"The Numbers" is reminding people that, no, you don't need to take it from us. There's a lot of evidence of individuals or groups that have put their hand on the steering wheel of history. And it shows them for the better. And that progress is often the result of somebody simply being fed up and trying to demand that they be listened to.
We still have a government that's based on voting. It's people that need to be listened to. "The Numbers" reminds people that no matter how helpless you feel, your voice is still one of the most powerful gears of governance.
That song opens with a sample from "The Internationale." Why did you think that it fits with the album? And how can history be part of the solution?
Especially with a song like "The Numbers," it was talking about the people. "The Internationale" has always been an anthem of working-class people. It has been used by many different countries and [adapted into] most popular languages.
I thought it was a good way to show the listener just how timeless some of these concepts really are. It turned into a great way to start the song and to start the album. It sets a good tone.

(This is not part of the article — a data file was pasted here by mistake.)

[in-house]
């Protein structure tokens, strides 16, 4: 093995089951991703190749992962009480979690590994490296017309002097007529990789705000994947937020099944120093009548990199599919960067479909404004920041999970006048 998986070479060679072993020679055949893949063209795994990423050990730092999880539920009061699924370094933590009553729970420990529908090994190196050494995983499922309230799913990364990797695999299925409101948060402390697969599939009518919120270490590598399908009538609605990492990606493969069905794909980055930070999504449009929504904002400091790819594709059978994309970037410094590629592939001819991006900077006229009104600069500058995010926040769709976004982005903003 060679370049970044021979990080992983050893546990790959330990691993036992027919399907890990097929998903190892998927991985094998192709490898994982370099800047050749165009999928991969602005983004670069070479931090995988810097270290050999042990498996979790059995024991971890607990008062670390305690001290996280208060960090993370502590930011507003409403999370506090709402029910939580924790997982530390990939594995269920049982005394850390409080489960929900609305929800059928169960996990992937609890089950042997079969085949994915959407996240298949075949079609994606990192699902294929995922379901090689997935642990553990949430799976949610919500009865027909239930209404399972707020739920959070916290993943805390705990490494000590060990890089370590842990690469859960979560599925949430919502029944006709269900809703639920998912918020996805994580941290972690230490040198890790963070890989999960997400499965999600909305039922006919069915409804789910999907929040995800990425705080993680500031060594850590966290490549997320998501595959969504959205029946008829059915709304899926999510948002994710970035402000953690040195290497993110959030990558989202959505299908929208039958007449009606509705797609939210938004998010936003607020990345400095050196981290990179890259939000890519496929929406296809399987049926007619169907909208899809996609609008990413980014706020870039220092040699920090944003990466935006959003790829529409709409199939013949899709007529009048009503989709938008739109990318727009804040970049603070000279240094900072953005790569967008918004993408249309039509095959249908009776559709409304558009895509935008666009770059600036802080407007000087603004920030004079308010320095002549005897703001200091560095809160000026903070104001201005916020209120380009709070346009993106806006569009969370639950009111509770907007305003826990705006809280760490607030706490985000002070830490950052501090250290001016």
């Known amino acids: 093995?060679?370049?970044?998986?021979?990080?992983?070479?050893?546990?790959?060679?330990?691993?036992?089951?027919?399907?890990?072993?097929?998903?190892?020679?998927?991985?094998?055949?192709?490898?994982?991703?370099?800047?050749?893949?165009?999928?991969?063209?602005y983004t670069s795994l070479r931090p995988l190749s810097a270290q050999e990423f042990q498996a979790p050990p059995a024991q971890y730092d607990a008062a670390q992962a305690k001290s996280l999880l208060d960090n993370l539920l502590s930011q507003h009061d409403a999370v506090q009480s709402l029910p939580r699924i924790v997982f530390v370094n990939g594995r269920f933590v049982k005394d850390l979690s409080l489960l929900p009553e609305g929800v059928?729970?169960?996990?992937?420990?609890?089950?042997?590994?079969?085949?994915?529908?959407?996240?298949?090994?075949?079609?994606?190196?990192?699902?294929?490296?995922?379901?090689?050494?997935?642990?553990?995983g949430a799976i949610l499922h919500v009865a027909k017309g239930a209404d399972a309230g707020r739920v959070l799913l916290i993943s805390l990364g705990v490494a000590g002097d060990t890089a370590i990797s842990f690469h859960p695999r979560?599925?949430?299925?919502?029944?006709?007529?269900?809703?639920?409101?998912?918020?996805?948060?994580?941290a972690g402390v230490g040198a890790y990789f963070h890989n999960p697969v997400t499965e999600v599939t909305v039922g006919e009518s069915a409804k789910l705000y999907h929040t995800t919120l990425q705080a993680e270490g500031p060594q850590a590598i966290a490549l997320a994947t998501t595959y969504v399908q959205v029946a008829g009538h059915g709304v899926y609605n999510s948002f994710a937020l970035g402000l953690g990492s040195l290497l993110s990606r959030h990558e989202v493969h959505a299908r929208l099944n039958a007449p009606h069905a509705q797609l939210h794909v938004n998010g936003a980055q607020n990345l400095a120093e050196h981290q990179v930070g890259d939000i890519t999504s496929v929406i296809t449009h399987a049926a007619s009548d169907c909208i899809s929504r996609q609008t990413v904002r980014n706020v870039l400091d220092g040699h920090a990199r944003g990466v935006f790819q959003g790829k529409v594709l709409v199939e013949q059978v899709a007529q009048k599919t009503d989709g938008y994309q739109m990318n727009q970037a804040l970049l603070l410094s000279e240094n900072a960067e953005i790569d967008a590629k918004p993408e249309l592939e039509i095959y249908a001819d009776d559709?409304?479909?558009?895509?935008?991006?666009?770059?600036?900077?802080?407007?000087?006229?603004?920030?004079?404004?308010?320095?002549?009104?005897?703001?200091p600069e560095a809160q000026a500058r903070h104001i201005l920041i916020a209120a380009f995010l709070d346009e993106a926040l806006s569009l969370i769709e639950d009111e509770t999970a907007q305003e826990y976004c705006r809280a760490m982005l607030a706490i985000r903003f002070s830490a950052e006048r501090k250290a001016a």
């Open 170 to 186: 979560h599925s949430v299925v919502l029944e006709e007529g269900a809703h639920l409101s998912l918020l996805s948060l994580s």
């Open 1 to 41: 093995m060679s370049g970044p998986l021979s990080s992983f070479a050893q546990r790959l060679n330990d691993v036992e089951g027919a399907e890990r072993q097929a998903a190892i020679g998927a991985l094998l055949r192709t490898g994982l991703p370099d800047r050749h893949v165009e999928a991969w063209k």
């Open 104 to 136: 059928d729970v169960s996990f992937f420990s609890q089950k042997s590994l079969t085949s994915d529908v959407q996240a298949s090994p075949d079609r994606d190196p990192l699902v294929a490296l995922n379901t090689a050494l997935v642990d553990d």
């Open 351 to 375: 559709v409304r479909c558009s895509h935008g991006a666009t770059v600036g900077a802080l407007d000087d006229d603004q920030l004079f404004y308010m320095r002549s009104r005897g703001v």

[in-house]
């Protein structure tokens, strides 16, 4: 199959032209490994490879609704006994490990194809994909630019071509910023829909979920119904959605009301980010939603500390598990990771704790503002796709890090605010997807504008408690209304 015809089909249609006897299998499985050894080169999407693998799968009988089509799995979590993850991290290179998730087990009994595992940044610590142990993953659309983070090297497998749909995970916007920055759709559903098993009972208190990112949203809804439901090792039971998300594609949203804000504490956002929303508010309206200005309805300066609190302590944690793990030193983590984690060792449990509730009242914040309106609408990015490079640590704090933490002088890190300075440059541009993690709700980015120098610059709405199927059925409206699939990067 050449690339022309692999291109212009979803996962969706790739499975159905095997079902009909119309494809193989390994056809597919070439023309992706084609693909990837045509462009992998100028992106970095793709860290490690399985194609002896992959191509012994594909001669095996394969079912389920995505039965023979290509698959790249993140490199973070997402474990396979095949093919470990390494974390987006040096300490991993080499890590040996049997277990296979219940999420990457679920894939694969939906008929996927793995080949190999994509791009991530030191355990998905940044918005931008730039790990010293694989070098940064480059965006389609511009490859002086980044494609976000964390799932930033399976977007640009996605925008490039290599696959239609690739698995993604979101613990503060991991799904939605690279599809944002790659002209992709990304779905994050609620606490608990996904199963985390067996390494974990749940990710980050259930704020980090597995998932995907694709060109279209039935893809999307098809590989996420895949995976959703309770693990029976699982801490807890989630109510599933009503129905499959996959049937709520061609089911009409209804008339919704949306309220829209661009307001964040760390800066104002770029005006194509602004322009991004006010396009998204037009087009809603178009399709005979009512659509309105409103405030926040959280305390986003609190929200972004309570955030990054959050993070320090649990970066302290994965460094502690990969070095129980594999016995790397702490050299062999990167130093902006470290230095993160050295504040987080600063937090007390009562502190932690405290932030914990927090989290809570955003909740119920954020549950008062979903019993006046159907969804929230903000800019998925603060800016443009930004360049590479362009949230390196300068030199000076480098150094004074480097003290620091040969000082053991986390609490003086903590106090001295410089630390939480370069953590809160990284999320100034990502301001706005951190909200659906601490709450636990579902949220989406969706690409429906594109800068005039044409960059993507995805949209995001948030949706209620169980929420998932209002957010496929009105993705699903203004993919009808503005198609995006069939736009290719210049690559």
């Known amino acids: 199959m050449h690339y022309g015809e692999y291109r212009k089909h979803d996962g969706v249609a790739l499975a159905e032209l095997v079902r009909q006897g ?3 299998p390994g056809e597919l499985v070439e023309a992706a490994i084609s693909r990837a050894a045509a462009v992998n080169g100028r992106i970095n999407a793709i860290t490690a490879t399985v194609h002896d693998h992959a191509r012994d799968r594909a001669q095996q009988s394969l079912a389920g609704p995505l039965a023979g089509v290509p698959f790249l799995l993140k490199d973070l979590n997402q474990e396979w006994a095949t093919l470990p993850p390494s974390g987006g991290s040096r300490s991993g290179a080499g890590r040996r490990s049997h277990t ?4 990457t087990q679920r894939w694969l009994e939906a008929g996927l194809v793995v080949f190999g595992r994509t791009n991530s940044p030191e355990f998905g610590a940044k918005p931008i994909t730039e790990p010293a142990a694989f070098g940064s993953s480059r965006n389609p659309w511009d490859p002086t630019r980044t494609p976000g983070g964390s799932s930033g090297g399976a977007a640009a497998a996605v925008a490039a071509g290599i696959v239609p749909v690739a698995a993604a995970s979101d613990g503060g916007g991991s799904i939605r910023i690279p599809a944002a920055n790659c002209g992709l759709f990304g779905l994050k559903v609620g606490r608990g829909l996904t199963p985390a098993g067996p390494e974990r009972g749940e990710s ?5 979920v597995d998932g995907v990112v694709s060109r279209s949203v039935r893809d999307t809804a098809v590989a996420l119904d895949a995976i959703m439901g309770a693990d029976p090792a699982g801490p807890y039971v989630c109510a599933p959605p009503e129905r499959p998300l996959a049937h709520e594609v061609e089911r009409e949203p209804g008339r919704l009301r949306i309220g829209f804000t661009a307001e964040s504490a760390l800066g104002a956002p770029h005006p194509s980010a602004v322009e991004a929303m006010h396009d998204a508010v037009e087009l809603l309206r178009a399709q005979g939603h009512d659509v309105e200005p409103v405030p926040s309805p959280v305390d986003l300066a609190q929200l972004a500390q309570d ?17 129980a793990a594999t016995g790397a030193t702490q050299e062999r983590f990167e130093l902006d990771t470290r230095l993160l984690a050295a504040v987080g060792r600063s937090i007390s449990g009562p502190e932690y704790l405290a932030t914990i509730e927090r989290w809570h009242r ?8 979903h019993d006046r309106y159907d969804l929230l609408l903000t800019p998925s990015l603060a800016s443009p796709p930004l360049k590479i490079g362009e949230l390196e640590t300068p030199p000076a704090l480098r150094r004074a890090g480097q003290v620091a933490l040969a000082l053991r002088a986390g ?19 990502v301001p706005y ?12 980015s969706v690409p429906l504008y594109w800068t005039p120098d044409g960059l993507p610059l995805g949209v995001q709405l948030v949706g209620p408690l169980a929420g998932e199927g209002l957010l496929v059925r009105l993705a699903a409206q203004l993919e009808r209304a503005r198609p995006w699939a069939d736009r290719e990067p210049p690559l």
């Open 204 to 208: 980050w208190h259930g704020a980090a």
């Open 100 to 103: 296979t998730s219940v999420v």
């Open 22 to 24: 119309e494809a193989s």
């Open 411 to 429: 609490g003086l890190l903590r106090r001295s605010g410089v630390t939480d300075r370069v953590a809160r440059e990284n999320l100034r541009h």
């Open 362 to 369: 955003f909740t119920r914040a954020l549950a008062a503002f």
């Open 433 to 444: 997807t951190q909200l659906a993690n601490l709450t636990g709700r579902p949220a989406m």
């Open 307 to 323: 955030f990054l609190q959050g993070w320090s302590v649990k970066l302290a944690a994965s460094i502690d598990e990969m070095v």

What was the most challenging song to write?
One of the last ones I got to was "Broken Dreams, Inc." I feel like I was out of ideas by the time I got into that one. I'd sit there for a while until one day I started writing that chorus and then the rest of it just fell out of me. But it took me a long time to get around to. I was almost going to give up on the song. Then, it all came together as one of the best songs on the album.
The band worked with GRAMMY-nominated creative director Brian Roettinger for the visual aspects of the album. Was it important to have a universal look and feel?
We wanted this era of Rise Against to be defined by a look that people would recognize. If you were to look back at it, you would see the imagery around development. You would know specifically that this was this era of Rise Against.
And part of the way of doing that was working with a single person instead of many different people, which is what we've done in the past: Someone for the album, someone for the video, someone for the live look, someone for the merchandise and that. [They're all] great people, but this is way more universal and cohesive.
I recently read the story of a Chicago fan who was so inspired by the band's music that he became a lawyer. What does it mean to see that tangible impact?
Seeing things like that is the best part of being in this band because you write these songs hoping that they land with people. [That they don't] just listen to it, but actually connect with it. Not everybody connects with it. It's just not the way it always turns out.